Maturity at harvest is the most important factor that determines storage-life and final fruit quality.
Immature fruits are more subject to shrivelling and mechanical damage, and are of inferior flavour quality when ripe.
Overripe fruits are likely to become soft and mealy with insipid flavour soon after harvest.
Fruits picked either too early or too late in their season are more susceptible to postharvest physiological disorders than fruits picked at the proper maturity.
All fruits, with a few exceptions (such as pears, avocados, and bananas), reach their best eating quality when allowed to ripen on the plant.
However, some fruits are usually picked mature but unripe so that they can withstand the postharvest handling system when shipped long-distance.
Most currently used maturity indices are based on a compromise between those indices that would ensure the best eating quality to the consumer and those that provide the needed flexibility in marketing.
Fruits can be divided into two groups: 1) fruits that are not capable of continuing their ripening process once removed from the plant, and 2) fruits that can be harvested mature and ripened off the plant.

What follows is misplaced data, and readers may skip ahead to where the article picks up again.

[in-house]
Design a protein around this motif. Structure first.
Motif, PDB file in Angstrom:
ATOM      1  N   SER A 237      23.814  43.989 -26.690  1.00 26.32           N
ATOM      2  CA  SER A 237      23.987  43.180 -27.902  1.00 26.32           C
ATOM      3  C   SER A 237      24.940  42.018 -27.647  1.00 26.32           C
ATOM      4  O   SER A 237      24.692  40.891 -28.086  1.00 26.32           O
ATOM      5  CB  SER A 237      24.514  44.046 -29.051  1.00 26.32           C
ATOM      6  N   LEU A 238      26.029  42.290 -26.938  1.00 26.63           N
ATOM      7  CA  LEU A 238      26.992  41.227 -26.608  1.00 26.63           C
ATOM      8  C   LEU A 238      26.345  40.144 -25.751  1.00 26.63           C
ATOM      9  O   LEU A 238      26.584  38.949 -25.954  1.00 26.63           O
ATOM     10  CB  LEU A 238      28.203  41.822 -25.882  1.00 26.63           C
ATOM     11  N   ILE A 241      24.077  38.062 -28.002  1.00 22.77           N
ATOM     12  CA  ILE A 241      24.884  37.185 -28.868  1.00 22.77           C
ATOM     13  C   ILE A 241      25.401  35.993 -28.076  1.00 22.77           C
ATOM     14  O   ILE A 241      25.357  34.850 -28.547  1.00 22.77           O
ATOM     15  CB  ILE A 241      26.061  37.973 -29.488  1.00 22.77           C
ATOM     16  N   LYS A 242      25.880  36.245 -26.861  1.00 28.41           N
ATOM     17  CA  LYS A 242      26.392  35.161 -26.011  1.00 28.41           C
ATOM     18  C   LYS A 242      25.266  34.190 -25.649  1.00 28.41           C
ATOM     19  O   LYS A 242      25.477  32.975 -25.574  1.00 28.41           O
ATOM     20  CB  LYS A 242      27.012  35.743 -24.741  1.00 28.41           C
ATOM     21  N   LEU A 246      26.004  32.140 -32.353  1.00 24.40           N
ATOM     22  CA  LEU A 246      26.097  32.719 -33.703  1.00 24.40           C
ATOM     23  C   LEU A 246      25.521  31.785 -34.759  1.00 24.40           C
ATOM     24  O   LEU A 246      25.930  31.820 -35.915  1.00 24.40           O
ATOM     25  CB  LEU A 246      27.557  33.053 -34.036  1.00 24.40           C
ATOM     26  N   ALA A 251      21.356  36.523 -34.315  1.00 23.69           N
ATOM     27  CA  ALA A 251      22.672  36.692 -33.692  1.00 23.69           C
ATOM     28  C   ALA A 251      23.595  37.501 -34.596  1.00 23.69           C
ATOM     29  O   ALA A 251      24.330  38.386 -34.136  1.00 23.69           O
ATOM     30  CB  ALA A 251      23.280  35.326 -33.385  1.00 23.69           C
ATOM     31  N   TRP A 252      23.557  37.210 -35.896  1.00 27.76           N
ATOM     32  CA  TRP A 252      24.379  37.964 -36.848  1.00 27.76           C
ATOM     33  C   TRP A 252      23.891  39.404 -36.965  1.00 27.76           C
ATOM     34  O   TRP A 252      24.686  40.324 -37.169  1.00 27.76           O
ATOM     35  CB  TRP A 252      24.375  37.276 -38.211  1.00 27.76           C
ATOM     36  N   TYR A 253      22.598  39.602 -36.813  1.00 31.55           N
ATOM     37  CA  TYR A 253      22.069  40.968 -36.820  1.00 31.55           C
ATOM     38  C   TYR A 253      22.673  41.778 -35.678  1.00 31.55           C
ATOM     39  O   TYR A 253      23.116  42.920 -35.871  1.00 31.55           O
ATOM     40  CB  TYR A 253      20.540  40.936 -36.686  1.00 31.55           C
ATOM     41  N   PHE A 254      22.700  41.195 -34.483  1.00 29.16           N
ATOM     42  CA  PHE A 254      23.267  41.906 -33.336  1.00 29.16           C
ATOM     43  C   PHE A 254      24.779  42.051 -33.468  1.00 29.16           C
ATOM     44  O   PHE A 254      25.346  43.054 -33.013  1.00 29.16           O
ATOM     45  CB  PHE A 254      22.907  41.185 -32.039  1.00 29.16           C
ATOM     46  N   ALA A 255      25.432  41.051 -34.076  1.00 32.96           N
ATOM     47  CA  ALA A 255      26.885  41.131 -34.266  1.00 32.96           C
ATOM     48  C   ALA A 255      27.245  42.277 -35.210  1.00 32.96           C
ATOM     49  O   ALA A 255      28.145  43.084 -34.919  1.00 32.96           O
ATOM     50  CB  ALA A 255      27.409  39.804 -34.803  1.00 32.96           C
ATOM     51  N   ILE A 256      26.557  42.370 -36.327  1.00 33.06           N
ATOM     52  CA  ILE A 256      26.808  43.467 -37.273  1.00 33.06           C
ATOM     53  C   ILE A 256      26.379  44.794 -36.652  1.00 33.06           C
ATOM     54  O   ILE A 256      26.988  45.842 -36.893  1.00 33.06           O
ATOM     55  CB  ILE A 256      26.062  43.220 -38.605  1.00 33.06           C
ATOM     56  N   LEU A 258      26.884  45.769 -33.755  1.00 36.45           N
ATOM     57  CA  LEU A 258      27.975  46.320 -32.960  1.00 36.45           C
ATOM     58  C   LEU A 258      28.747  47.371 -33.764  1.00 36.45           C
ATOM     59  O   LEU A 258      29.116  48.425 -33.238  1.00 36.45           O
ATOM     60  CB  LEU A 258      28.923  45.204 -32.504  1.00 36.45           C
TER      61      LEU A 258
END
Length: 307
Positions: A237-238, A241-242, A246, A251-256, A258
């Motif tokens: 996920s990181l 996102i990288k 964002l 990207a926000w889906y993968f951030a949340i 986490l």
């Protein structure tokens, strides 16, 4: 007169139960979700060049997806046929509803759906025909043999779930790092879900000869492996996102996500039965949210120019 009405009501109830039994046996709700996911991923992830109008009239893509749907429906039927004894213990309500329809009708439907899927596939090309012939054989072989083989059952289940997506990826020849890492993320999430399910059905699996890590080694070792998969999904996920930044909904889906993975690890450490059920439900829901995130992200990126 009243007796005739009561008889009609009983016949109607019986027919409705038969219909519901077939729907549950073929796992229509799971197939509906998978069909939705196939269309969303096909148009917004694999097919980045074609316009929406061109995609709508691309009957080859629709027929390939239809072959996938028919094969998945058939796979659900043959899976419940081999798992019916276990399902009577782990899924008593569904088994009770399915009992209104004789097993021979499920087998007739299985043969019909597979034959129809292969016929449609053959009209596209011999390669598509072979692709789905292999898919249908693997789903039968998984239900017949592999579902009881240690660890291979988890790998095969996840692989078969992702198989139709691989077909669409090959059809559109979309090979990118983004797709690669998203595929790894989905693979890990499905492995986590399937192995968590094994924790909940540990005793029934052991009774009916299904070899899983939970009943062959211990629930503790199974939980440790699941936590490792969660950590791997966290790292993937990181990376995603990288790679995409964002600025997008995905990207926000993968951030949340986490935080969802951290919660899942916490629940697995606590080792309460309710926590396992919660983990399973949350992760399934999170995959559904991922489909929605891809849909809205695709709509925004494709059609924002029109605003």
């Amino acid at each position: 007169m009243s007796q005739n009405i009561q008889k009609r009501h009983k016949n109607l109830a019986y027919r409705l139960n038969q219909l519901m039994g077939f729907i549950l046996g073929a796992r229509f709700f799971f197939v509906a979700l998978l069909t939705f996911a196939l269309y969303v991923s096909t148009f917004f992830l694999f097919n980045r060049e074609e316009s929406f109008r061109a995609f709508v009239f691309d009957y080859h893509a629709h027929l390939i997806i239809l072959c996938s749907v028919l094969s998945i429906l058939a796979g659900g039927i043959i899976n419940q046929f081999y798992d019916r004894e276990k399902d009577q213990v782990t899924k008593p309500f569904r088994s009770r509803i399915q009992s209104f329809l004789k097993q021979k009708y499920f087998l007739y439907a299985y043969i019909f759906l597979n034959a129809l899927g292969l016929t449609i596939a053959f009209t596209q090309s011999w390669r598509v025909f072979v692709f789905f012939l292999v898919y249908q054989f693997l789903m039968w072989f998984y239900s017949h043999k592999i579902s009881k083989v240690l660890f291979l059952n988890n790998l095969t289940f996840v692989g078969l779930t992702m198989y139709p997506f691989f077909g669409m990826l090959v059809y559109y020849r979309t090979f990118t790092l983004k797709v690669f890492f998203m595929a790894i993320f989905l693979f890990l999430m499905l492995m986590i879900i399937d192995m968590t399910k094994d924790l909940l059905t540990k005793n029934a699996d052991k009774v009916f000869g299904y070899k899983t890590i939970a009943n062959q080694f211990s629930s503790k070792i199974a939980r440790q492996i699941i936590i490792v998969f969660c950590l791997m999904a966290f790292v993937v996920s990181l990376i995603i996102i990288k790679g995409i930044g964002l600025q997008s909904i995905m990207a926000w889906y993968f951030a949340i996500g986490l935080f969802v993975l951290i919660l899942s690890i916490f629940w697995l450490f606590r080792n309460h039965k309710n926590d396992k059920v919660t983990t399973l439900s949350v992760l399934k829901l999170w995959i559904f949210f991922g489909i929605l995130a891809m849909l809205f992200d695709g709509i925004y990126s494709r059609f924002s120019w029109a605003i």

Group 1 includes berries, cherry, citrus fruits, grape, lychee, pineapple, pomegranate, and tamarillo.
Group 2 includes apple, apricot, avocado, banana, cherimoya, guava, kiwifruit, mango, nectarine, papaya, passion fruit, pear, peach, persimmon, plum, quince, sapodilla, sapote.
Group 1 fruits produce very small quantities of ethylene and do not respond to ethylene treatment except in terms of degreening (removal of chlorophyll); these should be picked when fully-ripe to ensure good flavour quality.
Fruits in Group 2 produce much larger quantities of ethylene in association with their ripening, and exposure to ethylene will result in faster and more uniform ripening.